You’ve always kept your music very stripped down and simple, keen to try out something more experimental and complex? 

Definitely. My EP is a snapshot of myself musically three years ago and I am ready to experiment and try a different approach to songwriting. I’ve been listening a lot to electronic-based music such as Rhye and Dawn Golden so I’ll probably try writing and performing with beats, synths merged with more “old school” mediums like the guitar and piano.

We love sad songs, indulge us in some of your favourites.

1. Rootless Tree | Damien Rice

There’s this video of Damien Rice performing this song live and in the last chorus, he sang “love you” in place of the expletive starting with the letter ‘f’ that dominates all of the previous choruses and his voice cracked, and I swear he was crying. This is just one of those thoroughly ugly but honest songs about not being able to get over a person.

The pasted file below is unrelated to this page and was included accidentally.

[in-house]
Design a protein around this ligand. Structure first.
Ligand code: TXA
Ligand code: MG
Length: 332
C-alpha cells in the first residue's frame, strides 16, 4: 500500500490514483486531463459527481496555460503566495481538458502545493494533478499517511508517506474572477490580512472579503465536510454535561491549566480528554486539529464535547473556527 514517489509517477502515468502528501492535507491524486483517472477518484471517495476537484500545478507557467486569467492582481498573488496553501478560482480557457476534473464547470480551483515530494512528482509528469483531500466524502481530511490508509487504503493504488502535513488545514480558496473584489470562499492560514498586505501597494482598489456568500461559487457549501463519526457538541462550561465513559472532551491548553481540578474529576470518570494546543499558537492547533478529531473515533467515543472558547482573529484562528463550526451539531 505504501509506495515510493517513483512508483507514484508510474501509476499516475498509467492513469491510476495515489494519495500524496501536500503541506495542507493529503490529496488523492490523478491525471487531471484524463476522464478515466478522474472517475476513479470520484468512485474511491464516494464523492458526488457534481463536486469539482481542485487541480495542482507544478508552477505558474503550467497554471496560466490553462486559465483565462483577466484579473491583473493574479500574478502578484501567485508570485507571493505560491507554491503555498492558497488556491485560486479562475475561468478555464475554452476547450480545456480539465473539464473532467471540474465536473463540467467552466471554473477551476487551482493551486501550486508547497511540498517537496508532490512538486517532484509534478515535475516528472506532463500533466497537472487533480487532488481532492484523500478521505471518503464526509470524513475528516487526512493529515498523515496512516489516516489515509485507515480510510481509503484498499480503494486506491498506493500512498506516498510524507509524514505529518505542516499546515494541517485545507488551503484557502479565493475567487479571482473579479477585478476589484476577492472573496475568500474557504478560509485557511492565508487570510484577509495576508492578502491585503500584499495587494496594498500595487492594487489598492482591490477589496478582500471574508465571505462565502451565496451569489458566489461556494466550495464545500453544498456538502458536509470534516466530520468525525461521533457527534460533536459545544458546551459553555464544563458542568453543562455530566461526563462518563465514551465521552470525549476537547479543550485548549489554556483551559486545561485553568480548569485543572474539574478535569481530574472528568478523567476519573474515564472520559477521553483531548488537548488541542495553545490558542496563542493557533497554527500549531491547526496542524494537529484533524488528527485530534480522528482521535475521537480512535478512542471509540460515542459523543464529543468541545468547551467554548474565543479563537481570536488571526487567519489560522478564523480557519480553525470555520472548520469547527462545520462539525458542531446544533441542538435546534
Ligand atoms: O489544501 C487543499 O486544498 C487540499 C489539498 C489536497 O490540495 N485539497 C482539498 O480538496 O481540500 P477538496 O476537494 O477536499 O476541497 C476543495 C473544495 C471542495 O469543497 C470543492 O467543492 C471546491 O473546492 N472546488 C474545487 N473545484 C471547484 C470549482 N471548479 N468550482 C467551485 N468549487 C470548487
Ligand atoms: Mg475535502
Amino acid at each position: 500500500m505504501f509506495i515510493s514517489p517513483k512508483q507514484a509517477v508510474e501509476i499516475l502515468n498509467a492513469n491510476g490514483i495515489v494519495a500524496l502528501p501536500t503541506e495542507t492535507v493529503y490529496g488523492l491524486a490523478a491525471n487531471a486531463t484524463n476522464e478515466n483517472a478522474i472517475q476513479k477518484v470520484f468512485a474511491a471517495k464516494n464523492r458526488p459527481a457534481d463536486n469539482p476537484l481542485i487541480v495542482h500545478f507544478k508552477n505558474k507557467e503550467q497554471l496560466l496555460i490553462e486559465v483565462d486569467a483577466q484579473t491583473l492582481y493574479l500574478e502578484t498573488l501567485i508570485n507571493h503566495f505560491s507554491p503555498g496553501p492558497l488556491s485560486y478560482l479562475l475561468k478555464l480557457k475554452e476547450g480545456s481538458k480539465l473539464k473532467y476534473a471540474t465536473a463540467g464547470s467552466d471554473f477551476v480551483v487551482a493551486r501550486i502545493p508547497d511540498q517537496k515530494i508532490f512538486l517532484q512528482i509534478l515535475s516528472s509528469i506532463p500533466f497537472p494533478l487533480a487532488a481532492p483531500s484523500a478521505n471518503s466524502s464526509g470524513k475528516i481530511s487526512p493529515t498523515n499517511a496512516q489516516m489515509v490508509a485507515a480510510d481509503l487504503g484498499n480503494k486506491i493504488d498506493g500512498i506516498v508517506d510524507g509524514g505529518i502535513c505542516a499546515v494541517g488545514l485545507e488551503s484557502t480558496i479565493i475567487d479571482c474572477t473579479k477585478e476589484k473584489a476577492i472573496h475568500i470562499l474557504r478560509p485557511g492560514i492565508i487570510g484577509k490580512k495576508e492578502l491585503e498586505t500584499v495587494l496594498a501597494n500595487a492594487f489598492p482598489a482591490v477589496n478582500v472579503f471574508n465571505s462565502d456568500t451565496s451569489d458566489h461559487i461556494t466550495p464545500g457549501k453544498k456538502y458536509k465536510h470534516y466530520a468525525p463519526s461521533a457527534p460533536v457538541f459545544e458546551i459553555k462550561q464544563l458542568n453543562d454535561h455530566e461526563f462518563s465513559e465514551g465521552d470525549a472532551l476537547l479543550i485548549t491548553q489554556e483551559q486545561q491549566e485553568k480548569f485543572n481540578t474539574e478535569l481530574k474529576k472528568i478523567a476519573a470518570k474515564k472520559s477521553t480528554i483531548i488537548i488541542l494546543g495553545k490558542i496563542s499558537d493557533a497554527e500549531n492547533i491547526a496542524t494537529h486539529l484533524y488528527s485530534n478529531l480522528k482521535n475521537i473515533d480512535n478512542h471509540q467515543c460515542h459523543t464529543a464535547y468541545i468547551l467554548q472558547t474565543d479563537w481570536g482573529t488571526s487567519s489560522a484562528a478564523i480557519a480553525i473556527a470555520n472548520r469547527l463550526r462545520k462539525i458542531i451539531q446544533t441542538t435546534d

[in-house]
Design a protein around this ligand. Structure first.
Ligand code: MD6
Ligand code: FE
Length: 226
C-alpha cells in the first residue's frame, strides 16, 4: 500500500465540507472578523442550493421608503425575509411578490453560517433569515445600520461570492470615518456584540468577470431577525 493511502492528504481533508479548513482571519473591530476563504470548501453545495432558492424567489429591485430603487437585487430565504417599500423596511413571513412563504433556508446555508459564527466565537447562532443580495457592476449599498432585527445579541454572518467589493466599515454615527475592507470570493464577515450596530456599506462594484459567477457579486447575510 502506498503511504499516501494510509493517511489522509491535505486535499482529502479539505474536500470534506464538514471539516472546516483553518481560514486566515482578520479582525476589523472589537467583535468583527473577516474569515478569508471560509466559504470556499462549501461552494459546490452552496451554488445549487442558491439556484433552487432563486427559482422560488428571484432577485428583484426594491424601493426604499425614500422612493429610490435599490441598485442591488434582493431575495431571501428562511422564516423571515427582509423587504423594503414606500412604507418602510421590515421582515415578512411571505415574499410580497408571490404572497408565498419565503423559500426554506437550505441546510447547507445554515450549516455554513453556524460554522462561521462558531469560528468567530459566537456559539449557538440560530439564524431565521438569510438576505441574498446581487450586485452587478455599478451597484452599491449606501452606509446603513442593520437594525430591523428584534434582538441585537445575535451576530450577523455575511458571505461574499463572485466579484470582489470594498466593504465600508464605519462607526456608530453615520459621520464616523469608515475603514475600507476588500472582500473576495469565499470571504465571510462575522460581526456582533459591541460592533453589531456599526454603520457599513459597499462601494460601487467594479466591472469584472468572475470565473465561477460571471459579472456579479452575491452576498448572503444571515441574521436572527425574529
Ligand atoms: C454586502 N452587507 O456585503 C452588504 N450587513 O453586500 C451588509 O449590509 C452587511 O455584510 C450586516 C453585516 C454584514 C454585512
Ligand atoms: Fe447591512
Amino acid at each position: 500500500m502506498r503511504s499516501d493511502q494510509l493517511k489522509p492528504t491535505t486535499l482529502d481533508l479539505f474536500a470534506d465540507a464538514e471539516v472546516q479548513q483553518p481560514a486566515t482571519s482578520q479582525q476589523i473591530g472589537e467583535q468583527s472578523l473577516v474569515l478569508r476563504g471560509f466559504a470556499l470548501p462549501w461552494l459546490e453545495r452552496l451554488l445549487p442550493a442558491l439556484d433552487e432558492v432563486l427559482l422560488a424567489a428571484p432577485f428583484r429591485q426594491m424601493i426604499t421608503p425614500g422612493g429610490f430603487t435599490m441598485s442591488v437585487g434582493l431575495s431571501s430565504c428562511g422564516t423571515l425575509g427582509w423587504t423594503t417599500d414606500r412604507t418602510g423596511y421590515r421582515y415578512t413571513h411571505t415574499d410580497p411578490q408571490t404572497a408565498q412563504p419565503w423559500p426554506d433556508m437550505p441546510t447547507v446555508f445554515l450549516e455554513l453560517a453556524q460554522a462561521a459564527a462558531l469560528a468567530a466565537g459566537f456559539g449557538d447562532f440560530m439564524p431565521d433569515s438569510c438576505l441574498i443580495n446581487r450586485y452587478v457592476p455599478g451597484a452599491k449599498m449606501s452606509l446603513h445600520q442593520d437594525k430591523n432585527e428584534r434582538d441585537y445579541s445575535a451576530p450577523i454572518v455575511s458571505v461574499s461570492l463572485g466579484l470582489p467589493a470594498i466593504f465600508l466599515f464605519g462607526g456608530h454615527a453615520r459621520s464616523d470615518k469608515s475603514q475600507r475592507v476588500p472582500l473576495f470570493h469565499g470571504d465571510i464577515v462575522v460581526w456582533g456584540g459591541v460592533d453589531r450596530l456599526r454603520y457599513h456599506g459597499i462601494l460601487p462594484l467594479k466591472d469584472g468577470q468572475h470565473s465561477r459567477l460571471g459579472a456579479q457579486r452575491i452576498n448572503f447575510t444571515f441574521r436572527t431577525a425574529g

2. Be, Be Your Love | Rachael Yamagata

Everyone loves a good song about someone you’re not supposed to love. I also love how Rachael Yamagata sounds like she’s drunk in the song. All the little imperfections in her vocal performance just makes the song even more painfully sincere.

3. Forever Young | Alphaville

This is a weird one because most people relate this song to youth and freedom and abandonment but Alphaville made the song almost like satire about those themes to me. I don’t know why but I feel a sense of emptiness every time I listen to it.

4. Aubrey | Bread

“And I'd go a thousand times around the world just to be/closer to her than to me.” I mean, come on…